I’ll bet a lot of you have been approached in a similar way. I sure have.

In fact, I have a feeling this delusion is as old as writing itself. I imagine Virgil probably met a guy at the Emperor Augustus’s orgy who said—

“You’re a writer? Hey, I’ve got this idea for a book about a guy who sails around the Mediterranean. Meets up with big storms. Monsters. Some hot nookie. You can write it down and we’ll split the proceeds 50-50.”

I hope Virgil had a good lawyer. Kathleen Duey’s instinct to run is excellent. These people can get scary.

When somebody approaches me with this “proposition,” I say, “The going rate for ghostwriters is $50-$100 an hour. I don’t provide that service, but I can get you a referral.”

I don’t want to be mean, but they need to understand that most writers have plenty of story ideas of our own. Our biggest fear is not living long enough to write them all.

But what do you do when somebody does publish a book that’s similar to yours? Even if they didn’t literally “steal” it, you can feel kind of ripped off.

Don’t despair. Memes can work in your favor. If you’re writing the final draft of  your Pride and Prejudice/Poltergeist mash-up, and somebody else sells a Pride and Prejudice/Gremlins mash-up, you’re now part of a trend. Publishers tend to be sheep. If the first book is popular, they’ll want another.

And if yours is better, you’re way ahead. As the above quote says, you can’t tell a new story; but you can tell it in a new way. It’s not about being first. You can be pretty sure you’re not.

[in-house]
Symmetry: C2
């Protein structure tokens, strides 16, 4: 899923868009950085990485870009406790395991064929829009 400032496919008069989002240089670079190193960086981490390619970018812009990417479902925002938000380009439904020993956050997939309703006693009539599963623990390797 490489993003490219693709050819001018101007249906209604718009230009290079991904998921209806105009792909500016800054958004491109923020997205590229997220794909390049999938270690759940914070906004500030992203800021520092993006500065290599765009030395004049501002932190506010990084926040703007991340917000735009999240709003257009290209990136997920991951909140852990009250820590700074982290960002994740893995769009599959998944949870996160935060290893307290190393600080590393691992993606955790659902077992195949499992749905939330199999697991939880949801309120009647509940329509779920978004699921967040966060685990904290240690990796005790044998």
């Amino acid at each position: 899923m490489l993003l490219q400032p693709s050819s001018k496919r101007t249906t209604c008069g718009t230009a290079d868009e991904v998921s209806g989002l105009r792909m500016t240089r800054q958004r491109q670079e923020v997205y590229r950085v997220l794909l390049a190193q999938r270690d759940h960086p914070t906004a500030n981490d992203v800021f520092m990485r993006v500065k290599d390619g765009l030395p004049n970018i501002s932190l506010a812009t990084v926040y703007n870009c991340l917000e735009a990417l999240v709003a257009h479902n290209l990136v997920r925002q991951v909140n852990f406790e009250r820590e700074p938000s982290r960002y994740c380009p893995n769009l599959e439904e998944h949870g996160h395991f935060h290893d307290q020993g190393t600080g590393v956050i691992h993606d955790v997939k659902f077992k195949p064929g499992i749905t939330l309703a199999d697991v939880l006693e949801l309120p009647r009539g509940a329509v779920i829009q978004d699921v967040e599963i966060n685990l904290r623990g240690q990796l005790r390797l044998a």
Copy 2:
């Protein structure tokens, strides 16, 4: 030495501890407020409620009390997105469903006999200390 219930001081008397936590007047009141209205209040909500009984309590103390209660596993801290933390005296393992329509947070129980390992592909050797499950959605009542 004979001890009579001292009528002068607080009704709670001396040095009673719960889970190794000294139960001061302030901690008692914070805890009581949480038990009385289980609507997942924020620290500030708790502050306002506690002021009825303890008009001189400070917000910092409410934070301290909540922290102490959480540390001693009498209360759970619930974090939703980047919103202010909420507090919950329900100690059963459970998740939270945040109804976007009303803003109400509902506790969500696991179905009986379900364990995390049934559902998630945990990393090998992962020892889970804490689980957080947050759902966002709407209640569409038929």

In fact, I’ll bet some guy told Virgil when he first pitched the Aeneid, “A lost dude sails around the Mediterranean after the Trojan War having adventures? Sorry, that’s been done. Haven’t you heard of that Homer guy’s story, the Odyssey?”

Did Virgil steal Homer’s plot? I suppose you could say he did. But it doesn’t seem to have hurt sales for either of them for the last couple of millennia. It’s the telling that makes each story unique. And that’s going to be true of your story, too. It’s not about the plot. It’s about the writing. Nobody can steal that. 

Well, except e-book pirates, but that's another blogpost.

So what about you, scriveners? Are you afraid somebody will steal your idea? Would you ever pay for somebody else’s? Have you ever been approached by one of these “here’s my idea; you write it and let’s go 50/50” people? How did you handle it?

I want to give a special welcome all the new followers and commenters here! I’m feeling awfully lucky to have been quoted and retweeted by so many industry professionals this week. Special thanks to KindleNation , Jane Friedman , CNN’s Porter Anderson , and Quotes4Writers .

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Sunday, April 3, 2011

3 Questions to Ask Before You Jump on the Indie Publishing Bandwagon

We’re in the midst of seismic changes in the publishing world, with new quakes altering the landscape on a daily basis. The pulp paperback is in its death throes, as mass market houses like Dorchester slink into ignominious bankruptcy. Kindle and the Amazon $2.99 e-book/70% royalty paradigm have changed an entire industry in less than eighteen months.

Amanda Hocking self-published her YA paranormals, made a mint, and landed a two million dollar deal with St. Martin’s a week ago. Then thriller writer Barry Eisler  turned down a half a million from the same house in order to go indie. Mystery writer Joe Konrath and his disciples provide daily proof that midlist fiction writers can make more self-publishing cheap e-books than by going the traditional route.